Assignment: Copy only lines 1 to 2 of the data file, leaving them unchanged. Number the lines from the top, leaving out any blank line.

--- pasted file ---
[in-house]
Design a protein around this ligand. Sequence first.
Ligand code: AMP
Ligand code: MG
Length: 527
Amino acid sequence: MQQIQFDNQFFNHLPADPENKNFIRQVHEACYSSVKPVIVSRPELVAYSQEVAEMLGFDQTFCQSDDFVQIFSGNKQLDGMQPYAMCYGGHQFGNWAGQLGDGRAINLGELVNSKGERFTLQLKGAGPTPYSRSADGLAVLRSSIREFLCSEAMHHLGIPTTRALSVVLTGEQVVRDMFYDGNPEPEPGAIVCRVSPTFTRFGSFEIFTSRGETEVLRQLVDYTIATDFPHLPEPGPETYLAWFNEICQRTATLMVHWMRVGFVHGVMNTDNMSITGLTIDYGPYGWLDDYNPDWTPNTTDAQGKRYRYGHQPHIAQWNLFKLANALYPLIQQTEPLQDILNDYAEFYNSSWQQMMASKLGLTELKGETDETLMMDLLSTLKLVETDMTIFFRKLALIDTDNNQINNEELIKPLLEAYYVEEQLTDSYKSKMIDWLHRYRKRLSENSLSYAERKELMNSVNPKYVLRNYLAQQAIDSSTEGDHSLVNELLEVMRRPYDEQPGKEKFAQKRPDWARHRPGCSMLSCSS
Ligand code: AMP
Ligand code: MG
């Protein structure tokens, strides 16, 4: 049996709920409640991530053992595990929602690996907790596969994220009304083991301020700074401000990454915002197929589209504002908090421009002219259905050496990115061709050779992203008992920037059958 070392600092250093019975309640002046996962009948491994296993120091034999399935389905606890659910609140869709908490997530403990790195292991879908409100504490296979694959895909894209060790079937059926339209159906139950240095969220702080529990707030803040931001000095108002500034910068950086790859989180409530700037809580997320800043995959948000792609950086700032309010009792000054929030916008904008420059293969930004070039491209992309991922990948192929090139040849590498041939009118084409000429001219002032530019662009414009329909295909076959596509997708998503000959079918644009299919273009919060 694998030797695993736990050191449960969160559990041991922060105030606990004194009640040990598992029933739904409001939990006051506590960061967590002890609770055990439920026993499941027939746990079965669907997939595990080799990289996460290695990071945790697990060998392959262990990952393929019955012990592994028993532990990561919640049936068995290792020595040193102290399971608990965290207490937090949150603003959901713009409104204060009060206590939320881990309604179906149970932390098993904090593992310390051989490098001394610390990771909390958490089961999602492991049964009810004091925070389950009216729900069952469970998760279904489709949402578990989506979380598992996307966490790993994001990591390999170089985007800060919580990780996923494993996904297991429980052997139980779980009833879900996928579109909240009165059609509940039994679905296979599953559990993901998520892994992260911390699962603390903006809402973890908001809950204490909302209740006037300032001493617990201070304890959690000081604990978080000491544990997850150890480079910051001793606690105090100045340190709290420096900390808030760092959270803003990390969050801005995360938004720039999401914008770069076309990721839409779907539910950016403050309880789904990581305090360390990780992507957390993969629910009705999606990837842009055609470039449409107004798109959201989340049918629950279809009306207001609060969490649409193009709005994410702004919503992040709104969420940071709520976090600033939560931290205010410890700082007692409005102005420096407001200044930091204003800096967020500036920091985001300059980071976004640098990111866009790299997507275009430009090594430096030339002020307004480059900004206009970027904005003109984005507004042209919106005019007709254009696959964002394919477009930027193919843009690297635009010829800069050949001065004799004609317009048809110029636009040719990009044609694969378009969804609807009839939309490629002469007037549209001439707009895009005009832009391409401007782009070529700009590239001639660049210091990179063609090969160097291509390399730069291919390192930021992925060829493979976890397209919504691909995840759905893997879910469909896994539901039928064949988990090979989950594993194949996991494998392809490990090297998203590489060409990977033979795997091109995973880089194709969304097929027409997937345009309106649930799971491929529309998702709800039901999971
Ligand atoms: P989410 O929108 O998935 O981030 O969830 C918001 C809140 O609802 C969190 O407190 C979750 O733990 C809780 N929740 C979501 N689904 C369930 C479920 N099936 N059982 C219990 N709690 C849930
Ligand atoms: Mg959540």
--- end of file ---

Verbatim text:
[in-house]
Design a protein around this ligand. Sequence first.